|I am honored to serve as president of SAAA and AAAC. As the leaders of academic anesthesiology we have a significant opportunity during the next few years to improve care and decrease cost of perioperative care, while at the same time assuring a healthy future for our specialty. My goals as president are to develop teams to address the following issues: solidifying the role of anesthesiology as the leading specialty for perioperative and intraoperative medicine; work with ASA to strengthen education and practice in the perioperative surgical home; enhance the desire of anesthesiologists to improve the foundation of knowledge in our specialty; partner with FAER to improve funding for education research; develop metrics to assess training quality that are more robust than currently available surrogates (e.g. Doximity); and strengthen our ability to deliver education content and professional development for academic anesthesiology leadership.
Our patients deserve our engagement in their care throughout their perioperative continuum. In order to solidify our role, SAAA will need to encourage the Anesthesiology RRC (and ACGME) and ABA to evolve toward Anesthesiology and Perioperative Medicine training and certification for our increased role throughout the perioperative period. Consistent with this increased education, certification and care, it was the strong majority vote of those SAAA members who attended the 2014 SAAA meeting, to work with our ASA Academic Director to support a request for a name change for our specialty from “Anesthesiology” to “Anesthesiology and Perioperative Medicine” to the ASA board of directors and house of delegates. This evolution of our specialty is a very exciting opportunity, which if we work together, will result in improved patient outcomes, while decreasing the overall cost of care.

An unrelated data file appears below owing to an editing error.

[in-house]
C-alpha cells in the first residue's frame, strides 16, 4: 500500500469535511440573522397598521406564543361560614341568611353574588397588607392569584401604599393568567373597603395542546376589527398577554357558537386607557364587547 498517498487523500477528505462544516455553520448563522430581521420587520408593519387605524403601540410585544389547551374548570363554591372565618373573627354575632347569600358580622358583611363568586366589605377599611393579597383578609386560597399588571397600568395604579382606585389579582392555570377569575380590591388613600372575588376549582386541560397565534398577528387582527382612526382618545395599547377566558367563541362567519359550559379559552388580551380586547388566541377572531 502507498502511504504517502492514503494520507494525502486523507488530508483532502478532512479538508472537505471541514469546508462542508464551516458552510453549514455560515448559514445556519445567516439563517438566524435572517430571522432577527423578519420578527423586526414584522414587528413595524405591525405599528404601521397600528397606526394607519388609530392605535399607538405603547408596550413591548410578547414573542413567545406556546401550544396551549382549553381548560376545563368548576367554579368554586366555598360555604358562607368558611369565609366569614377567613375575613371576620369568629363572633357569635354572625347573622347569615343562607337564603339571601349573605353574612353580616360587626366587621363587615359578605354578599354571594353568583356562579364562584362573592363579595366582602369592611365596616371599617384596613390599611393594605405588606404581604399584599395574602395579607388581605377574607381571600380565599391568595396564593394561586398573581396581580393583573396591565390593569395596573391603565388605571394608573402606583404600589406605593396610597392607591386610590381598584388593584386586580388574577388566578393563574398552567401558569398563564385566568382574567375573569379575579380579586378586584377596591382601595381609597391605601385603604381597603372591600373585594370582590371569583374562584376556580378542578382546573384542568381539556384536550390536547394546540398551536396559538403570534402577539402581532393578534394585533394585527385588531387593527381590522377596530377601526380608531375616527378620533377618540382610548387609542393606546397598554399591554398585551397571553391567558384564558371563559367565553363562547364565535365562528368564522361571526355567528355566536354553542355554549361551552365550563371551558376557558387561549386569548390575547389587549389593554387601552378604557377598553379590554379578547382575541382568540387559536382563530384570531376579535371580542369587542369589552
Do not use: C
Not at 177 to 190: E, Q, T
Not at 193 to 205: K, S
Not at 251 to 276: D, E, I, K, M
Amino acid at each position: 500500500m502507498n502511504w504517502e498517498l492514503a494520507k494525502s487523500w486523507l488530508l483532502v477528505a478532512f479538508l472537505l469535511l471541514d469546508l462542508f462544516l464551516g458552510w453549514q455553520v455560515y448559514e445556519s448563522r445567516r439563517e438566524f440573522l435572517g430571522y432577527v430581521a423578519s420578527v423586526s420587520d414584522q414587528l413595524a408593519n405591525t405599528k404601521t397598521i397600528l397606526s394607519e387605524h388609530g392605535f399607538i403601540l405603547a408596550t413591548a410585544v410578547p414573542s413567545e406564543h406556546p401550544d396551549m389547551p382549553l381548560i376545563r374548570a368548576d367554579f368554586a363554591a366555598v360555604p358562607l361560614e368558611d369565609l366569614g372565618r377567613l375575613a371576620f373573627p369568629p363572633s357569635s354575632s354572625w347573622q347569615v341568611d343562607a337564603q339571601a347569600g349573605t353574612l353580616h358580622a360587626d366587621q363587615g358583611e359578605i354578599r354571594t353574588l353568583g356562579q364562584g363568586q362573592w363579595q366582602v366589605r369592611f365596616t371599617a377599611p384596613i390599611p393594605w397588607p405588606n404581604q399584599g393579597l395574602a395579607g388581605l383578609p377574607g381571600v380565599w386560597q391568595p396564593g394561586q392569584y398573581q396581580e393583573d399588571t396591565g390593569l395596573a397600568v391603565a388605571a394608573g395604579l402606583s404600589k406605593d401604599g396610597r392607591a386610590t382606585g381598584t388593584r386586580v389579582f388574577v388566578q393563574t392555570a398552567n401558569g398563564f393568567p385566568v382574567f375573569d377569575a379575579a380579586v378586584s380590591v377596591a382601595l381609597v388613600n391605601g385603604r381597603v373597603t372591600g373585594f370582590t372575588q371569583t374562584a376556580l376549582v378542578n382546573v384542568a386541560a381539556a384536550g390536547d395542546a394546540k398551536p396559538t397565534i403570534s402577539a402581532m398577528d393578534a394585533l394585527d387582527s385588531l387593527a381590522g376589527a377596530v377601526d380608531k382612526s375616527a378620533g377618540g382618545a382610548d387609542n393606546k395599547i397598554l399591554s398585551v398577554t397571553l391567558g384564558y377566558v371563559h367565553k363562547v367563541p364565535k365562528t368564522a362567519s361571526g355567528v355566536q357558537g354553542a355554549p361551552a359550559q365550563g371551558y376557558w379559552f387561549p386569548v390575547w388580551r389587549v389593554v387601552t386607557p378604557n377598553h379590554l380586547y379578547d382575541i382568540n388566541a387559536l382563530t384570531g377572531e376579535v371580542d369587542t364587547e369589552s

As leaders of our academic programs in Anesthesiology and Perioperative Medicine, we have the opportunity and responsibility to improve the foundation of knowledge in our specialty. While ASA has done a great job in providing anesthesiologists with continuing education and in the area of advocacy, there are opportunities to further strengthen our partnership and further increase its support of scholarly work in our specialty. Without research we are at risk of dissolving as a specialty and becoming technicians. We have an opportunity to work with ASA to enhance celebration of important research being done by anesthesiologists in the US, through more frequent news releases and celebration of research accomplishment at the SAAA and ASA meetings.
We are fortunate that despite the many challenges in US healthcare, we are seeing excellent interest in Anesthesiology and Perioperative Medicine among top graduates of US medical schools. These young new members of our specialty seek our help to identify differences between the many training programs in their preferred geographic areas. Currently they rely on the opinions of anesthesiologists in their school or local community, research rankings which bear an uncertain relation to education and training, flawed survey tools (e.g. Doximity) or worse yet, depending on uncontrolled websites (e.g. scutdoctor.com). We can improve this situation. SAAA has an opportunity to serve as better mentors to these aspiring anesthesiologists and provide an information resource that is more robust than the current popularity polls, which are largely dependent on the size and age of the alumni group than the quality of a program.
Finally, it has been amazing to watch the growth in size and influence of our society over the past 10 years. The evolution from SAAC/AAPD to SAAA was visionary. With this transition our society has done an excellent job in providing education and professional development for anesthesiology chairs, core program directors and subspecialty directors. However, we still have opportunity to improve the expertise and professional development of our department administrators and education coordinators. I am hopeful that over the coming two years we can develop a pathway to achieve these goals for our department administrators and education coordinators, in a fashion that respects the primary society mission, as stated in our bylaws.
I look forward to working with SAAA, AAAC, AACPD and AASPD council members to achieve these and our other strategic goals in the coming two years.
Jeffrey R. Kirsch, MD